Latino members of the Wisconsin State Legislature hosted an event at the state Capitol building honoring civil rights activist César Chávez for the first time in over a decade on Friday, March 29.
“I think the proclamation that Governor Tony Evers issued today to honor César Chávez Day is a way to celebrate our Latino communities across the great state of Wisconsin,” State Rep. JoCasta Zamarripa (D-Milwaukee) said.
Chávez co-founded the National Farm Workers Association alongside Dolores Huerta in 1962, which would later become the United Farm Workers. His movement also inspired the organizing of Obreros Unidos in Wisconsin in 1966. While President Barack Obama proclaimed March 31 Cesar Chávez Day in 2014 as a U.S. federal commemorative holiday, Chávez Day has not been celebrated in the State Capitol in recent years.
Gov. Evers joined the main speakers of the event in solidarity with the Latino members of the Wisconsin State Legislature and Wisconsinites of Latin descent. Evers presented the framed proclamation at the end of his speech.
“As governor, I am really pleased to be a part of this celebration,” Gov. Evers said in his speech.
He paralleled the workers of his hometown Plymouth, Wisconsin to the plight of workers Chávez served throughout the nation. Evers said Chávez continues to inspire all of us, Latinos and other Wisconsinites as well as other working class Americans.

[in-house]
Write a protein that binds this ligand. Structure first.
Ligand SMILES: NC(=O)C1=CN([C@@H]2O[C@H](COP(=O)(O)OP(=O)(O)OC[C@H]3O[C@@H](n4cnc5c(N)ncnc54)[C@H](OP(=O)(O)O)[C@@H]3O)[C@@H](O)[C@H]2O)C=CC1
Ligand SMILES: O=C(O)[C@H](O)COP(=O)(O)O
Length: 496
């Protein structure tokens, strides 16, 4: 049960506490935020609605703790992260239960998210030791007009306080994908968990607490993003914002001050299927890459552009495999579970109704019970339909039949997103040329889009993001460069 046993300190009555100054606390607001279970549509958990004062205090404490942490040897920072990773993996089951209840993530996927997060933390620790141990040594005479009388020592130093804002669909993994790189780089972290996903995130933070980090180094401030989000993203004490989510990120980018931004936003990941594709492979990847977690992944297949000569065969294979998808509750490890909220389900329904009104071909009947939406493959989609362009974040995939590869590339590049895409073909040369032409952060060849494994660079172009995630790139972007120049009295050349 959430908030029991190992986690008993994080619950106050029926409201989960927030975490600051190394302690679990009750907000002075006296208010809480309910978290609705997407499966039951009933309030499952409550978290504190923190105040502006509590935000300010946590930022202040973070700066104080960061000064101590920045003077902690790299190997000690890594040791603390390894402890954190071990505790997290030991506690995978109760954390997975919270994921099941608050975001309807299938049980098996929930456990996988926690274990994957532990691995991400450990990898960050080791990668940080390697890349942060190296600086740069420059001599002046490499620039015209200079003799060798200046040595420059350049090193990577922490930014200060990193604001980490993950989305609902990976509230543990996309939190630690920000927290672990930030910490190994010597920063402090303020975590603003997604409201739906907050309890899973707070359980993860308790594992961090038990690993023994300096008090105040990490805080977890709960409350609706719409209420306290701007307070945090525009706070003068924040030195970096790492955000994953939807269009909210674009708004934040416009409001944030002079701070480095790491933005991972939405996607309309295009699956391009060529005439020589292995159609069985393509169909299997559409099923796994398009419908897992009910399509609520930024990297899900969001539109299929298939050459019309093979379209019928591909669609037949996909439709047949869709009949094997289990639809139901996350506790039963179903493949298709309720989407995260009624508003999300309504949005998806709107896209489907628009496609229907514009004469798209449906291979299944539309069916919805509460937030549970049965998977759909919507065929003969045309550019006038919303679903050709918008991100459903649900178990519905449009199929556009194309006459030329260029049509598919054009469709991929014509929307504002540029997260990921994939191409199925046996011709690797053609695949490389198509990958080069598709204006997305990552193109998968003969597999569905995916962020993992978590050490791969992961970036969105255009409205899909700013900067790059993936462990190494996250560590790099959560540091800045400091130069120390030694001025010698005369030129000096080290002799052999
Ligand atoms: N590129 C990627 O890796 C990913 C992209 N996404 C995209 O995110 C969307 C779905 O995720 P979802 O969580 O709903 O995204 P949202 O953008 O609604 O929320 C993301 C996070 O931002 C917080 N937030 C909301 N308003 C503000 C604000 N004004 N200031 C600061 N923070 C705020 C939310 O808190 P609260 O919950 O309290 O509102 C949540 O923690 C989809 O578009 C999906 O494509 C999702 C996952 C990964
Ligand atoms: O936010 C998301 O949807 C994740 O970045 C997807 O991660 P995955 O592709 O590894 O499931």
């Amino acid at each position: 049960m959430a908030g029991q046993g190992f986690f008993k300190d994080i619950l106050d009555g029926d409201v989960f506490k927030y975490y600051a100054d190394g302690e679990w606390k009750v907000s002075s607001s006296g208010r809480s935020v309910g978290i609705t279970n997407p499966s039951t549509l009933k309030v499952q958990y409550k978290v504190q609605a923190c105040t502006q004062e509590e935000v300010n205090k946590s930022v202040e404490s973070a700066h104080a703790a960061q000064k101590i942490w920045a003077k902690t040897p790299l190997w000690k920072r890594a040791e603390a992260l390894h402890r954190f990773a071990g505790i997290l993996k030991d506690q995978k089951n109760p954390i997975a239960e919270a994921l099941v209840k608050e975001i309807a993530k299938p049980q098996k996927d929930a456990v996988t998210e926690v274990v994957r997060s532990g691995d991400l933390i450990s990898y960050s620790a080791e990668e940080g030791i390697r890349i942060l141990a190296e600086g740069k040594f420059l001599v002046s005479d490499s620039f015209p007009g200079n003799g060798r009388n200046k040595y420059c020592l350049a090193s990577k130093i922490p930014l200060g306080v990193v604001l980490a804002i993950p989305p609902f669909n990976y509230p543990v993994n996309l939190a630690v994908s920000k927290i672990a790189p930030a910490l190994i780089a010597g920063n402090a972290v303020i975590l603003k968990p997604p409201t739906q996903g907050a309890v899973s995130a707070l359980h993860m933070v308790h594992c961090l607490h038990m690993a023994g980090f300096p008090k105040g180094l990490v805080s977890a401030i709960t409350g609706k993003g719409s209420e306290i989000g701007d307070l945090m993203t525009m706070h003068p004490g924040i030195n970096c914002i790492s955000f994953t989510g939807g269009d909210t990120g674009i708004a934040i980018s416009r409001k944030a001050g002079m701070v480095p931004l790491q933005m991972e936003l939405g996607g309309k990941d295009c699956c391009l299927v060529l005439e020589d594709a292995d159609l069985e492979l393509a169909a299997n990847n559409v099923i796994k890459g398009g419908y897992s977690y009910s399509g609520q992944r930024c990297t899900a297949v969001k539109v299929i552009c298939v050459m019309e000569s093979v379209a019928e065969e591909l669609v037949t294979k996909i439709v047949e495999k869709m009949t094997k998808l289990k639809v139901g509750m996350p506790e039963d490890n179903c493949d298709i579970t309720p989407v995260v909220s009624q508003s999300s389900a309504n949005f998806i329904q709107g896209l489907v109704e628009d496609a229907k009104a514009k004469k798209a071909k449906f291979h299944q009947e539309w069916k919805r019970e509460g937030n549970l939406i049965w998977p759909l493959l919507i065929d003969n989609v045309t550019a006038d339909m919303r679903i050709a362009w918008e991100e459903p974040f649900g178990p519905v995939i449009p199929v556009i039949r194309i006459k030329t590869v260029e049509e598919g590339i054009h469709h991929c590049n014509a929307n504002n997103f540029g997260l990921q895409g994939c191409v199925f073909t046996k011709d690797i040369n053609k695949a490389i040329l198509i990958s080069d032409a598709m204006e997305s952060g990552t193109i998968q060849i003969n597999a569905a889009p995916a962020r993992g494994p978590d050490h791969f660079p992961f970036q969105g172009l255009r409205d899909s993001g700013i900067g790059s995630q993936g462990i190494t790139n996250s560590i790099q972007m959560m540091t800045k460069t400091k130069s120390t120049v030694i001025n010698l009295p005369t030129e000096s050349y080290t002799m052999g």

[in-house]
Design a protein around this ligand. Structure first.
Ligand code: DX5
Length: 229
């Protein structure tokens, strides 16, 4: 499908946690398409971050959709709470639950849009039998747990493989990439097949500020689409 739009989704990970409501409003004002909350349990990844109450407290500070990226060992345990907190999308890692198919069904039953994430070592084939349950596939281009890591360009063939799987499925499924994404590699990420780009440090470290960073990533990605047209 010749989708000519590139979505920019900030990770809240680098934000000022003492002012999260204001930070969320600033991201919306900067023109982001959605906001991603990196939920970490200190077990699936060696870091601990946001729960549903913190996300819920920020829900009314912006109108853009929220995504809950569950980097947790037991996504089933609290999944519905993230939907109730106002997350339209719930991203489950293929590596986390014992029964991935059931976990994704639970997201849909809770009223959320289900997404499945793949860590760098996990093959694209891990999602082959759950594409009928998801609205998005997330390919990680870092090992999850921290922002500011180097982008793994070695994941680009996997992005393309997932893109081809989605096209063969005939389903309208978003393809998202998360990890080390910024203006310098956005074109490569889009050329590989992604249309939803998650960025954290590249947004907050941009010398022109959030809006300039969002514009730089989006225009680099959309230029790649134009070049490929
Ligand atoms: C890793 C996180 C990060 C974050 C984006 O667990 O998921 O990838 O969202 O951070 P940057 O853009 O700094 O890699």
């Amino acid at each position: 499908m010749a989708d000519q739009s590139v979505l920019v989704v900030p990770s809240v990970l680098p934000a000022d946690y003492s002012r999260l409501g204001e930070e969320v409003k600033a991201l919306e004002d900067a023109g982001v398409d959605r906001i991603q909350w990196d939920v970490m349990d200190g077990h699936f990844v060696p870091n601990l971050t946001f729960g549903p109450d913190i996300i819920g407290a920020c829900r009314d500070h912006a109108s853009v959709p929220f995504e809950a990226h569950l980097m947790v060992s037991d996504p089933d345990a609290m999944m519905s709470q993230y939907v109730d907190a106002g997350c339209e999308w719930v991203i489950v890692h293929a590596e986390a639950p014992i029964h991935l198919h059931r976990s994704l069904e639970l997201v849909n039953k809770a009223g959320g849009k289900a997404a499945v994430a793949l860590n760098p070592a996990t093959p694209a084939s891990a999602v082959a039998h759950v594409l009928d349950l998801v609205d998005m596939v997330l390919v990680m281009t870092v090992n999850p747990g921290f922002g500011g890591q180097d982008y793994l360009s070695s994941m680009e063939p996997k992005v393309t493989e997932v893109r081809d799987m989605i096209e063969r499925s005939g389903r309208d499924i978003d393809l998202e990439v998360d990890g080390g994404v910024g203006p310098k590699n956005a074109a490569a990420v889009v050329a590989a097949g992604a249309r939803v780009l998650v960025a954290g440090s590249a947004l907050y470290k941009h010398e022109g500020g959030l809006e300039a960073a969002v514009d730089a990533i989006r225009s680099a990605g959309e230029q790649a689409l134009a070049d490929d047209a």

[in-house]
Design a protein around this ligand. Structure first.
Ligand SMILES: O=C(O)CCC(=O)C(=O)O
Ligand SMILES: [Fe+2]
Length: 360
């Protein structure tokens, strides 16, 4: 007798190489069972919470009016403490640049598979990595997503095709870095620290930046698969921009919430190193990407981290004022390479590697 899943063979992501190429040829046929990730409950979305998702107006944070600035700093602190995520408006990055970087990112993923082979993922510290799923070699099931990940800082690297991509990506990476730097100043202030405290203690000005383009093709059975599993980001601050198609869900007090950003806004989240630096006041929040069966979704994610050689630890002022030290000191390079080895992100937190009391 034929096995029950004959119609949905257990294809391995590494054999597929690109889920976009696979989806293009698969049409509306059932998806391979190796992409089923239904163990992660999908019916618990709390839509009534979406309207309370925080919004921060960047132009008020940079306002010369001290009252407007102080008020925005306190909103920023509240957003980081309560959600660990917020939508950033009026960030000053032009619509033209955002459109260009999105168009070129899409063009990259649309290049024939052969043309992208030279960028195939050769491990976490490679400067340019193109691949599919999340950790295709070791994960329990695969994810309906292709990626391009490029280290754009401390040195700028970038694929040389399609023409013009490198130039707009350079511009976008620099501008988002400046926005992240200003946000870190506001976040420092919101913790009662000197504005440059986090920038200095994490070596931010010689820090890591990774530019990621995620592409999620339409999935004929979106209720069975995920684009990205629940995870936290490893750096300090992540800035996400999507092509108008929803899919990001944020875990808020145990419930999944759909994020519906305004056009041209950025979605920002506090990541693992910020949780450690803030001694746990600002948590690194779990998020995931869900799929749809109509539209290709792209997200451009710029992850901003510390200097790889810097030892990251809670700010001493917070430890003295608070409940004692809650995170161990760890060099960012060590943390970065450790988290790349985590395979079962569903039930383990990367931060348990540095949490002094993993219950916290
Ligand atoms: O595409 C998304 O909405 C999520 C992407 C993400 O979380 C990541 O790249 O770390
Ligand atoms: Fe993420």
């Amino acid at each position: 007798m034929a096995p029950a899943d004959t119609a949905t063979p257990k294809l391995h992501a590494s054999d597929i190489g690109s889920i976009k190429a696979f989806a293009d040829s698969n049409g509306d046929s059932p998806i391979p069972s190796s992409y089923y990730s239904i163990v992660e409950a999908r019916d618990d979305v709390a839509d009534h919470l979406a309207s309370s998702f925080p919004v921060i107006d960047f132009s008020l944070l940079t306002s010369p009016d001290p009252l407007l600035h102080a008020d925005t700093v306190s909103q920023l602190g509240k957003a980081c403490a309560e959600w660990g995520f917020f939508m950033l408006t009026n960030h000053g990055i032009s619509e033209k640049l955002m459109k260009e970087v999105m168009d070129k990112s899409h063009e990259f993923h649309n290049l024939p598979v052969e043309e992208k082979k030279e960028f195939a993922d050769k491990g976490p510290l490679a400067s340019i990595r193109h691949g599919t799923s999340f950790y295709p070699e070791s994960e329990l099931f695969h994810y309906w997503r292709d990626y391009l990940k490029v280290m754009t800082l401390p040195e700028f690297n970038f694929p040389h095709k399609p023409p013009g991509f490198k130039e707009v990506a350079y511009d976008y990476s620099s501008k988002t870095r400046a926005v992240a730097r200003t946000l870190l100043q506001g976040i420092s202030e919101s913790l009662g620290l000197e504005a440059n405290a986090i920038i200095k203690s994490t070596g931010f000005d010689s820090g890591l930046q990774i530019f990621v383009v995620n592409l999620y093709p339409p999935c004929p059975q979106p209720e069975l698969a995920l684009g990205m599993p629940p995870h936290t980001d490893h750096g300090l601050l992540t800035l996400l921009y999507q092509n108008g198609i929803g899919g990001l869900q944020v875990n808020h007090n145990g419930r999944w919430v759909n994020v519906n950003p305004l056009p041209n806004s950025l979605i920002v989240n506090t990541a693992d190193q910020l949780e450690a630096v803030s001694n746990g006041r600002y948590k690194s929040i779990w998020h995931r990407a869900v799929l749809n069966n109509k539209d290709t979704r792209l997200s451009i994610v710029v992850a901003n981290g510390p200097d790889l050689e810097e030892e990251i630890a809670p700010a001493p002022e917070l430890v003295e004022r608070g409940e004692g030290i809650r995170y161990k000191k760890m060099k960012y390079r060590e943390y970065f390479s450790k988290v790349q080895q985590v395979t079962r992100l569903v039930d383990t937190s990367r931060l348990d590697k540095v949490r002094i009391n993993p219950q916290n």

“This governor stands with Wisconsin immigrants. He stands with Latino Wisconsinites. He recognizes the contributions of this part of the electorate, of this part of the community,” Zamarripa said.
At the event, she shared her own family history and discussed the legacy farmers and laborers have left within Wisconsin. Zamarripa, who serves as one of four openly LGBT members of the Wisconsin legislature, is very proud of the fact that she comes from a family of workers.
She said the governor’s show of support means a lot today especially since Trump launched his presidential campaign on the backs of Mexicans by calling them rapist and murders. Zamarripa said this action counters the negativity that so many Latinos have felt in recent times.
“I feel very positive and I still feel that way even though I sit in the State Assembly that is still dominated by a Republican majority and we have a State Senate that continues to be dominated by a Republican majority,” she said.
Zamarripa said Gov. Evers has shown the valor that past governors, both Democrat and Republican have not shown by putting pieces of immigration policy in the budget. These items include drivers’ licenses for undocumented immigrants and tuition equity for Wisconsin “Dreamers,” undocumented immigrants who were brought to the US as children.
“That takes valor and courage. It is unprecedented to see a governor to put it in his budget and speak to it in his address proudly,” she said.
Zamarripa said the proclamation and the governor’s actions give her tremendous hope for the direction of the state of Wisconsin in supporting Latinos and all immigrant communities. She also said Wisconsinites should continue to engage in conversation and support legislatures that support immigrant communities.